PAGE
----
Typically, “case of the week” dramas leave me wanting more. Having a narrative driven by storylines and character development that won’t be discussed in the following episodes is one of the laziest forms of television writing around. Yet, tonight’s episode of The Good Wife, “Innocents”, worked wonderfully, mainly because of its “case of the week.”
As always, The Good Wife didn’t focus on a flashy murder trial but a unique legal quarrel. This week, the drama revolved around a case of discrimination that evolved into a debate on publicity rights. Johnny Simmons (Scott Pilgrim vs. the World) guest starred as Erik, the son of a free-thinking artist (Amy Irving) who published nude photos of her children as part of an art exhibit. Erik wants the pictures taken down from the gallery, while his mother argues that they’re a work of art, creating a thought provoking legal debate about consent laws and pornography, as well as a surprisingly emotional mother/son drama. Thanks, in part, to some terrific writing, and also strong performances from both Simmons and Irving, tonight’s episode had one of The Good Wife’s strongest standalone subplots in years.
But, of course, “Innocents” wasn’t driven entirely by that subplot. Most notably, we were introduced to Alicia’s new private investigator, a freelancer named Jason Crouse, played by Jeffrey Dean Morgan (Watchmen), who will serve as a series regular. With Kalinda no longer a part of the show, introducing a new private investigator was definitely a necessary development for the show. But, based on his first appearance, I’m not quite sold on this character. There is instant sexual tension between Jason and Alicia, yet the chemistry between Julianna Margulies and Morgan just isn’t there. Compared to the sparks between Margulies and her previous love interests (specifically Stephen Pasquale, who was hopelessly underused last year), there just isn’t a lot to get excited about right now. Hopefully, as the season progresses, Jason will become more interesting, but I’m not feeling optimistic.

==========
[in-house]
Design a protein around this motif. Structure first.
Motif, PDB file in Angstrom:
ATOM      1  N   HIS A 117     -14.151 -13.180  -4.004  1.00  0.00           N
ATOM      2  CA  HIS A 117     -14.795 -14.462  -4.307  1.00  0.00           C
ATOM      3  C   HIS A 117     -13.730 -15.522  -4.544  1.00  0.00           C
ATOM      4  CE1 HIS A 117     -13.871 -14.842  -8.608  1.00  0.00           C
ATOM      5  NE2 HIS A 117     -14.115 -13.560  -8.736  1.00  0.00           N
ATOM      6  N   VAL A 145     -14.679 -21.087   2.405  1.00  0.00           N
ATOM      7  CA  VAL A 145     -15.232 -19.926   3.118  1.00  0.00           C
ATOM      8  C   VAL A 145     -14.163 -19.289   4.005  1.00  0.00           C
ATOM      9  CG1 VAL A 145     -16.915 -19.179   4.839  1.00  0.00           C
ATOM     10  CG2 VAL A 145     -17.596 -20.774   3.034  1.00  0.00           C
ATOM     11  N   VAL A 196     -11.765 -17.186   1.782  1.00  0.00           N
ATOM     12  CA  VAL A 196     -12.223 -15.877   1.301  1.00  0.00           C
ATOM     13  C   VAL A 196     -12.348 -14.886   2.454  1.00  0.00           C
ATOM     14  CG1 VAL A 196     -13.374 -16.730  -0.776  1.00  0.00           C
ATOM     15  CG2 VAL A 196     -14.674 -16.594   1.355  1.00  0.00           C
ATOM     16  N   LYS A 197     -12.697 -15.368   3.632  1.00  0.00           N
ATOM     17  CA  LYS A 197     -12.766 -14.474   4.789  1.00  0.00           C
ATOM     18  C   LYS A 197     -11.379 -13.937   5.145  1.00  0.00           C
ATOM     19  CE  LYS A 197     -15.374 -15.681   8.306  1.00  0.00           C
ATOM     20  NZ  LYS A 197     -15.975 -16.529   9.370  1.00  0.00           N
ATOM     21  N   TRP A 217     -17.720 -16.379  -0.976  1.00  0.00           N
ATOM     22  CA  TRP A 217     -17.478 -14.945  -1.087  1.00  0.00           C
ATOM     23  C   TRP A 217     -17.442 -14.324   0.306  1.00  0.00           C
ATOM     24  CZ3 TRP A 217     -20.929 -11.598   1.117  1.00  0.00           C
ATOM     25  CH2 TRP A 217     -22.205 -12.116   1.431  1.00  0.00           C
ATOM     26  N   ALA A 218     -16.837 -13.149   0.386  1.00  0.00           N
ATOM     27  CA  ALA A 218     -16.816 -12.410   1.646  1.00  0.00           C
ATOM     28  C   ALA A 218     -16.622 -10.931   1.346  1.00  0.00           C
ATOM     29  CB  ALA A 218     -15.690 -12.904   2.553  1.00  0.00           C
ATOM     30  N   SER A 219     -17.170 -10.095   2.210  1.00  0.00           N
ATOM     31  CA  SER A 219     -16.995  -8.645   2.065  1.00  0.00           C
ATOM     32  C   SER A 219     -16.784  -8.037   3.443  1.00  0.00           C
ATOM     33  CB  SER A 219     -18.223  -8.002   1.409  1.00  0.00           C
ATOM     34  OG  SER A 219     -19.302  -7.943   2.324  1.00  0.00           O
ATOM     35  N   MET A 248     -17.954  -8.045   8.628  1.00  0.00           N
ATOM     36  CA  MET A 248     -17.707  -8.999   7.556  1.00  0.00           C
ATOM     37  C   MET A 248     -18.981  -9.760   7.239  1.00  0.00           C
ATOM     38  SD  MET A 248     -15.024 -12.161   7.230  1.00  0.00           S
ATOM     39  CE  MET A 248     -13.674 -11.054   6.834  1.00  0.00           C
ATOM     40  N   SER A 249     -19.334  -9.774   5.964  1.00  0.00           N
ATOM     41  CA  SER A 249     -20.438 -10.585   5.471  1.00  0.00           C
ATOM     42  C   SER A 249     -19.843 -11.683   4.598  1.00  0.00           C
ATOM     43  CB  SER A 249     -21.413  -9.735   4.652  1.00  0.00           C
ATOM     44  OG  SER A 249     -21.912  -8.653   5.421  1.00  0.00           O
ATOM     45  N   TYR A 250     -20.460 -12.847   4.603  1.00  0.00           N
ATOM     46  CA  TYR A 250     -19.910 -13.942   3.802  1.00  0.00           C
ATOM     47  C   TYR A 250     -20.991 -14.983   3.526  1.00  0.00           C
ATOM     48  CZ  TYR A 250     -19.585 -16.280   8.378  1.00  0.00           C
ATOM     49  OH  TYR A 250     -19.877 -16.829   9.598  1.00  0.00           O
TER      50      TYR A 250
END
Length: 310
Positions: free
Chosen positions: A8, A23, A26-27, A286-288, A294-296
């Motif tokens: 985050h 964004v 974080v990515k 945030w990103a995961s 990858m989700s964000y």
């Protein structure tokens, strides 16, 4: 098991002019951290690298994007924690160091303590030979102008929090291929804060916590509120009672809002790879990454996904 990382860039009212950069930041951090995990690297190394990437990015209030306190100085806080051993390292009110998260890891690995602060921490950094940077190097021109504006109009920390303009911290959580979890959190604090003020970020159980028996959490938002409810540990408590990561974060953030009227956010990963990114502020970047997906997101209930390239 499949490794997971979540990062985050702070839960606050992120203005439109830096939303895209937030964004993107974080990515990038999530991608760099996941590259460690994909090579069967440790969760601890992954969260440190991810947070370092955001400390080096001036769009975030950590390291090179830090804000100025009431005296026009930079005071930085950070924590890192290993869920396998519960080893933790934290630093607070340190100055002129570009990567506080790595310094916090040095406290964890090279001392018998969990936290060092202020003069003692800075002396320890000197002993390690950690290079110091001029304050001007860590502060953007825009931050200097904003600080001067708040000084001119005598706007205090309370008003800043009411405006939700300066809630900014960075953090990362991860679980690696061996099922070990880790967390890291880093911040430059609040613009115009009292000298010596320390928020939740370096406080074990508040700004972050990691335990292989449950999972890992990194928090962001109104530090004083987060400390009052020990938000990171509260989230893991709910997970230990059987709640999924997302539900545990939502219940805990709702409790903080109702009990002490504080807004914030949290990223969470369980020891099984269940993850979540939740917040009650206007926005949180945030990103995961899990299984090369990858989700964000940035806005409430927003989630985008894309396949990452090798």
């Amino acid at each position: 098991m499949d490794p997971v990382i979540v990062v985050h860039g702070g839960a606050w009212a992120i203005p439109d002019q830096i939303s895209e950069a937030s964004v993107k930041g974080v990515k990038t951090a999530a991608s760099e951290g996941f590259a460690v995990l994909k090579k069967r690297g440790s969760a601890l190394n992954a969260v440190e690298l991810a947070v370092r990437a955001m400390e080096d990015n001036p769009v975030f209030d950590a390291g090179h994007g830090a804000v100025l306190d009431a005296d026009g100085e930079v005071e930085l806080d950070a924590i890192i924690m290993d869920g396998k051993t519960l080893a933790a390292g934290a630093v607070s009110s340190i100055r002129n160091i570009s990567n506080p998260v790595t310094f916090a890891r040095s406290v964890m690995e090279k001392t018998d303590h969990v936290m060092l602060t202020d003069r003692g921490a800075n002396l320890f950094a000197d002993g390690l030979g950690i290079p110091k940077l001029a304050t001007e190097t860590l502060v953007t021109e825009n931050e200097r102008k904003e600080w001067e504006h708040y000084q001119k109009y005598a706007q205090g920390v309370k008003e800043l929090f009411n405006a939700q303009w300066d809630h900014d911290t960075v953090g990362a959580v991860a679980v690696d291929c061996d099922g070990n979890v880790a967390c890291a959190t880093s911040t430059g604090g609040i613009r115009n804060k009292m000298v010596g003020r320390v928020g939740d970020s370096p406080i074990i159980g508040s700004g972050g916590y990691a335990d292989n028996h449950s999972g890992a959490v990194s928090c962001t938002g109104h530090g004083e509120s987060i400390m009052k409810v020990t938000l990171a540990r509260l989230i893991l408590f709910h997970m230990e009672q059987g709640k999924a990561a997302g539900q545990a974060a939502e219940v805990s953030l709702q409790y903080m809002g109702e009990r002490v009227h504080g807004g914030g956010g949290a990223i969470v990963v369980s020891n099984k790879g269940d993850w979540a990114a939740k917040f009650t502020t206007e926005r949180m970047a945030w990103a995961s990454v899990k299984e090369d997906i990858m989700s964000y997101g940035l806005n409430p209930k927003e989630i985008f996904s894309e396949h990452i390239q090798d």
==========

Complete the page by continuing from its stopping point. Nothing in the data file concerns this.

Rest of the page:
Luckily, the writers gave Cary a subplot with substance, as he took on the comically inept Howard Lyman (Jerry Adler), who had been fighting with the new associates and taking credit for work he did not do. Ever since his debut on the series, Adler has been a solid source of comic relief, and tonight’s episode was no different, such as when he awkwardly tried to appeal to a group of feminist lawyers by talking about how much he “loves abortion.” But the episode also had some dramatic tension to it, and helped developed Cary as a character. This week’s episode also subtlety hinted at some sexual tension between Cary and a new, male, associate, which could serve as both an interesting subplot and an example of how The Good Wife incorporates a diverse cast of characters in its rather large ensemble.
Some of the show’s longest running issues remained prevalent, with many of the cast’s best actors being pushed to the sidelines. It’s particularly frustrating to see Christine Baranski given so little to do for yet another week, and the series should try to not waste Margo Martindale again during her stay on the show. But, thanks to a creative court case and some character development, The Good Wife remained a solid hour of dramatic television. There is, simply, no other legal drama like it, flaws and all.
Overall rating: 7 out of 10